Mark is one of Toronto's most consistently engaging conceptualists and this exhibition represents the first major survey of her work. The show includes drawing, sculpture, video, performance, audio work, as well as multiples and her recent television-based projects.
Curated by Barbara Fischer, the show is presented at both the Justina M. Barnicke Gallery and the Blackwood Gallery, where the closing party is being held. A free shuttle bus leaves JM Barnicke Gallery at 1:15 pm and the Gladstone Hotel at 1:30 pm. The bus will depart from the Blackwood at 3 pm. Call 905-828-3789 to reserve a seat.

Tuesday, October 16, 2007

Text of Light

Text of Light formed in 2001 as a group of musicians to perform improvised music to the films of Stan Brakhage, Harry Smith and other members of the American Cinema avante garde. Brakhage's film 'Text of Light' was their premiere performance and namesake of the group.

The founding members are: Lee Ranaldo and Alan Licht on guitar and devices; Christian Marclay and DJ Olive on turntables; William Hooker on drums and percussion and Ulrich Krieger on saxophone and electronics. The group perform in various incarnations, according to the individuals’ schedules.

On Saturday October 27th at 8pm the Pleasure Dome presents a performance by the band stripped down to the trio of Ranaldo, Licht and Krieger. Taking place at the Latvian House at 491 College Street, it is their first Toronto performance (to my knowledge). Tickets are $20 at the door or $15 in advance (or for members of the Music Gallery or Pleasure Dome). Students get in for $10.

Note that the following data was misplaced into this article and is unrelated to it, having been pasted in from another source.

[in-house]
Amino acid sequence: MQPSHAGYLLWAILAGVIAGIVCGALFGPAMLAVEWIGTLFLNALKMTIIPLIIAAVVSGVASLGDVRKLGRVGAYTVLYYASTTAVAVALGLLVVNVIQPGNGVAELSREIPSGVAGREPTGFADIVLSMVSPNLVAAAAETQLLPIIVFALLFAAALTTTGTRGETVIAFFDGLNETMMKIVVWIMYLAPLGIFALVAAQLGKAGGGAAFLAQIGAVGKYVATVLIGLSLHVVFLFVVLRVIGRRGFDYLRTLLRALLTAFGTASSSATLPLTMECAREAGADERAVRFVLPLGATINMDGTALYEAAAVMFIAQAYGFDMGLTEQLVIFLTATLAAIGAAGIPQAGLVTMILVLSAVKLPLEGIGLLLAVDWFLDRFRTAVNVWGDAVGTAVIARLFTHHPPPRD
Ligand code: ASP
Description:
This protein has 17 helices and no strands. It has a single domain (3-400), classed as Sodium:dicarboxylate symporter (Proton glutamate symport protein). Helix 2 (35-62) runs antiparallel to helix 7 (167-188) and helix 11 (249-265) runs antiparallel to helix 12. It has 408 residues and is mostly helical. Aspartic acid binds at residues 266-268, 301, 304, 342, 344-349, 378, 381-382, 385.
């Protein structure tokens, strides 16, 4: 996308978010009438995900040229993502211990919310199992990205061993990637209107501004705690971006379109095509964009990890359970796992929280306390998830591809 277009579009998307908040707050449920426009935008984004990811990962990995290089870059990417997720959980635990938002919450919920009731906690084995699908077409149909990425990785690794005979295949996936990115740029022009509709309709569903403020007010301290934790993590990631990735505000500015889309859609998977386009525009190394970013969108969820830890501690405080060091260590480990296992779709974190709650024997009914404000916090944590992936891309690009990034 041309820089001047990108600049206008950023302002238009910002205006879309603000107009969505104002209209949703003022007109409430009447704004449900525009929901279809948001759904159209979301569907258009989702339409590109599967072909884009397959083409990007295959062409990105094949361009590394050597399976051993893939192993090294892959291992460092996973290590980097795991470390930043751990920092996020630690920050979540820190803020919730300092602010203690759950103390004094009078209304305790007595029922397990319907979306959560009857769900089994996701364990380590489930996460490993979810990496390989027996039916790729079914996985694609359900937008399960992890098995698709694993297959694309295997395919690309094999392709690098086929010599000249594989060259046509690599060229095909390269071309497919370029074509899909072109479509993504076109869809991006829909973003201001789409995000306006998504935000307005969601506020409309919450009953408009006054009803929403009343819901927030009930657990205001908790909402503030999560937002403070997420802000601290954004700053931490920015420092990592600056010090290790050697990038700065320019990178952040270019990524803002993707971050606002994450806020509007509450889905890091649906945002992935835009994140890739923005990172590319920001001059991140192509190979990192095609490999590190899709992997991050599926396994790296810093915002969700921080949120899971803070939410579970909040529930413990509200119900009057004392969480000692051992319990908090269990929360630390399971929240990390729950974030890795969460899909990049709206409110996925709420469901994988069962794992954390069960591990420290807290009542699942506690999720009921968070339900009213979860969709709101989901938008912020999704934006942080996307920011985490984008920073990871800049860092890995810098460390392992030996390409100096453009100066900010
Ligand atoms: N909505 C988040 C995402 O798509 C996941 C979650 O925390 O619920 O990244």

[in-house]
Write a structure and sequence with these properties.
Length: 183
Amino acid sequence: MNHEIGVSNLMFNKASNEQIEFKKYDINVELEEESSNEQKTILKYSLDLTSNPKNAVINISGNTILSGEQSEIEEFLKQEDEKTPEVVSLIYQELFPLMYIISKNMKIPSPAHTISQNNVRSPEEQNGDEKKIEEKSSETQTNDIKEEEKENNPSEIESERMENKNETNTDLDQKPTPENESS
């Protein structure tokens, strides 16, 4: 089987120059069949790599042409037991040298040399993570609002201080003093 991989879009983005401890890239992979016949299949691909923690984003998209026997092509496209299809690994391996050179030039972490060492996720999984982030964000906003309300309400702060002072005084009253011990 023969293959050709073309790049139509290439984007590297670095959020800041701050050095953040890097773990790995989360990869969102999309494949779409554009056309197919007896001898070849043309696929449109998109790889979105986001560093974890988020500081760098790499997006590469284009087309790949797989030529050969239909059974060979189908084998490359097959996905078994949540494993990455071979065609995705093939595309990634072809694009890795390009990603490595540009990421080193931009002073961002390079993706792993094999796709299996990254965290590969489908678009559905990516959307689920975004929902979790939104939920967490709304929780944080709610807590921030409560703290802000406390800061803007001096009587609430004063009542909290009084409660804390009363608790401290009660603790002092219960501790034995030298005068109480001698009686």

Lee Ranaldo is known to art audiences as a writer, producer, composer and visual artist, as well as a founding member of Sonic Youth. In 2006 he participated in the group exhibition “Infinity Etc.” at Mercer Union. Also from NYC, Alan Licht is a writer, composer and guitarist who most recently visited Toronto to perform with Michael Snow and Aki Onda in October 2006. He is currently writing a book about audio art. Ulrich Krieger is a Berlin-based musician known for arranging noise and minimalist works for classical chamber ensembles, such as compositions by Merzbow, Terry Riley and Throbbing Gristle. Last month he released a recording of a performance of Lou Reed’s 1975 feedback masterpiece “Metal Machine Music”, an album always assumed to be impossible to reproduce live. Reed is featured on the disk.

I am missing this only because of Mercer Union’s Hallowe’en Party (which you should come to afterwards. See below).

Space is the Place


Get out yer tinfoil and funfur - Mercer Union's Spaced-Out Hallowe'en Bash is set for Saturday October 27th at 9pm. Tickets are $5 before 11pm (and for members of the gallery) and $8 after 11. DJ Major Tom, Colin Bergh (The Clap) and DJ Noah's Arkweld will be spinning, along with special guests later in the evening.